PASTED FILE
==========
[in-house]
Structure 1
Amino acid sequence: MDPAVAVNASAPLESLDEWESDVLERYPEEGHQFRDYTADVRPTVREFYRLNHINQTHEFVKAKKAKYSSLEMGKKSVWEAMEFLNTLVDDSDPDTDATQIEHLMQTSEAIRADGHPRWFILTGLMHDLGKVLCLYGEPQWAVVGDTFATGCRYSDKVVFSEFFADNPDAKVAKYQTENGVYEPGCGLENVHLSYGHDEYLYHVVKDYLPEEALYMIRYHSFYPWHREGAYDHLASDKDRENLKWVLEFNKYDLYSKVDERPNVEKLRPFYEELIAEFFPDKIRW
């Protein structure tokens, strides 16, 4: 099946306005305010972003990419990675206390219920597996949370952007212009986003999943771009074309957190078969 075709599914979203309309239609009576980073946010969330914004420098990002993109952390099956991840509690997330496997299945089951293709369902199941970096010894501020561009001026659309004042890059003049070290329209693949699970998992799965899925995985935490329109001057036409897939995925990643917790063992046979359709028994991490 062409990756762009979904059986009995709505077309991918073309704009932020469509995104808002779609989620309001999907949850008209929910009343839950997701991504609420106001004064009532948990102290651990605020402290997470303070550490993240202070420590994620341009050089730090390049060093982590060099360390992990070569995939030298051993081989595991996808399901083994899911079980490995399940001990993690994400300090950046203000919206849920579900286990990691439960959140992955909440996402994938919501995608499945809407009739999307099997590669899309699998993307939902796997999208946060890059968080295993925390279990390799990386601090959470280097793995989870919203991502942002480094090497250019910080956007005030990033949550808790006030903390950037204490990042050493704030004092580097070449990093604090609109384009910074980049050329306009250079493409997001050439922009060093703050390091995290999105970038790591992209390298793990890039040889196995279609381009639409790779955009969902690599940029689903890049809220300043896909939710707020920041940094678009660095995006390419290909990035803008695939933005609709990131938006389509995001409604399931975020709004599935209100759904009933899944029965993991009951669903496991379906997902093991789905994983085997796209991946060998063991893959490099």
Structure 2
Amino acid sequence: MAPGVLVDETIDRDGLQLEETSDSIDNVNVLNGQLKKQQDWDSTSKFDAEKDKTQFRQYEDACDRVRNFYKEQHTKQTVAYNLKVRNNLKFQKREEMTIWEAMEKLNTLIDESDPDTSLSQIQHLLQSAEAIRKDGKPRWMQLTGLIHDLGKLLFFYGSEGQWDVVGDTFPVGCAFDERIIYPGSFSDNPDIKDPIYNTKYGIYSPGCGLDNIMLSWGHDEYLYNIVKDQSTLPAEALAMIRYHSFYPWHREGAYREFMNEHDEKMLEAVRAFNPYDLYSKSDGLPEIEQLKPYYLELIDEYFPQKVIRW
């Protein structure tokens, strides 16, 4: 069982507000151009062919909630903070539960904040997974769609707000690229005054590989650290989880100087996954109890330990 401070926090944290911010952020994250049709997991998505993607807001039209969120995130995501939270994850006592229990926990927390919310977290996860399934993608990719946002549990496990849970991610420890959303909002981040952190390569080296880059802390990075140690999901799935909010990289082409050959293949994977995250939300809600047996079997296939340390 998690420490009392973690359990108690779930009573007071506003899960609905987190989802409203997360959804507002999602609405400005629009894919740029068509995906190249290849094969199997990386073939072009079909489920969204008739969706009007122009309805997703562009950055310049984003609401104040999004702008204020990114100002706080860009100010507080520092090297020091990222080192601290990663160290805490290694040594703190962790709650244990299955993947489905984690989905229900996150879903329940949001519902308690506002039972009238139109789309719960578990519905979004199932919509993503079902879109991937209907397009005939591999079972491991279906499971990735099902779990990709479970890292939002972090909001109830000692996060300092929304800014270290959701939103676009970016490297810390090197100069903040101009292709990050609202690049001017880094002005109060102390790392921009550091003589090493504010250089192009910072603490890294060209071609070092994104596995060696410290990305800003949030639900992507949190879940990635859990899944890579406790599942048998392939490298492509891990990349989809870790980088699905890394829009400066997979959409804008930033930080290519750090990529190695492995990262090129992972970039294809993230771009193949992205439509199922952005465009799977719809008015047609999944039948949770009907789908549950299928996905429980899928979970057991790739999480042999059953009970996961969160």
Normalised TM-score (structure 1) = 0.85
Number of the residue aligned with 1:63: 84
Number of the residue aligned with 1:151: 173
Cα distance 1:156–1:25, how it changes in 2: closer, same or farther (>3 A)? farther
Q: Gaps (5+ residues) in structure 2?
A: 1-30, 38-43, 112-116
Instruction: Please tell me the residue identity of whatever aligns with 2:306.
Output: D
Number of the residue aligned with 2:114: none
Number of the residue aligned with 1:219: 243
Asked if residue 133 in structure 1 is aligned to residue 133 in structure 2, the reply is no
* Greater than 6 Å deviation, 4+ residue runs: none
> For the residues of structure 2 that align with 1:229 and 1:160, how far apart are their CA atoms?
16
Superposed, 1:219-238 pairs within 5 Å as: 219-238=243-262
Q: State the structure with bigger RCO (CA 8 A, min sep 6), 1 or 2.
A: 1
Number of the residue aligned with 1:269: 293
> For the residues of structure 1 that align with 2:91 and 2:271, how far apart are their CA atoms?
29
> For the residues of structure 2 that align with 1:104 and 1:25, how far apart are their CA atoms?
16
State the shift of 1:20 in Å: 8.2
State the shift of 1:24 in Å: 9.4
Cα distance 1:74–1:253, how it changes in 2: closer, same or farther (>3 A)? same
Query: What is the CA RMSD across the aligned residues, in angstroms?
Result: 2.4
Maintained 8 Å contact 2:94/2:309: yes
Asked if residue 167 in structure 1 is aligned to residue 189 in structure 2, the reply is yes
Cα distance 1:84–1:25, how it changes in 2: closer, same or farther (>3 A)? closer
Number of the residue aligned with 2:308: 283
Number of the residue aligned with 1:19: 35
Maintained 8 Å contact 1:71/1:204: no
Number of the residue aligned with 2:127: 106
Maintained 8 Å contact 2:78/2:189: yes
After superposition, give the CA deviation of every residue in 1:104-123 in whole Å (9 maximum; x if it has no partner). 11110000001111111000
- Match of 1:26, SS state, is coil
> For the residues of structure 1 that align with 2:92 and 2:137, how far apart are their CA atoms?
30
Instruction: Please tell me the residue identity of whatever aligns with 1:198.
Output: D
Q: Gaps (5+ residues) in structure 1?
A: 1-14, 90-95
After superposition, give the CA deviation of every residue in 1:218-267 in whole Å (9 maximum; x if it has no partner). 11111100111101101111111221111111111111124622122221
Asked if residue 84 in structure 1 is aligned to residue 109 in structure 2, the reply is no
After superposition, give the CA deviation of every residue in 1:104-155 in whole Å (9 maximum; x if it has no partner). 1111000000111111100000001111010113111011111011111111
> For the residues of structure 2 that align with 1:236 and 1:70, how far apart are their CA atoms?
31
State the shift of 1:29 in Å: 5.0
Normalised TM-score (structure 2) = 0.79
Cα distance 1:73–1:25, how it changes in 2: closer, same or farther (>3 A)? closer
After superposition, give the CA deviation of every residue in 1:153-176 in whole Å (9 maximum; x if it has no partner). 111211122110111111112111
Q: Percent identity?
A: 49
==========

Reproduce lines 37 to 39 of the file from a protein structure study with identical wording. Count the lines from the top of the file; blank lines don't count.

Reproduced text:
Cα distance 1:84–1:25, how it changes in 2: closer, same or farther (>3 A)? closer
Number of the residue aligned with 2:308: 283
Number of the residue aligned with 1:19: 35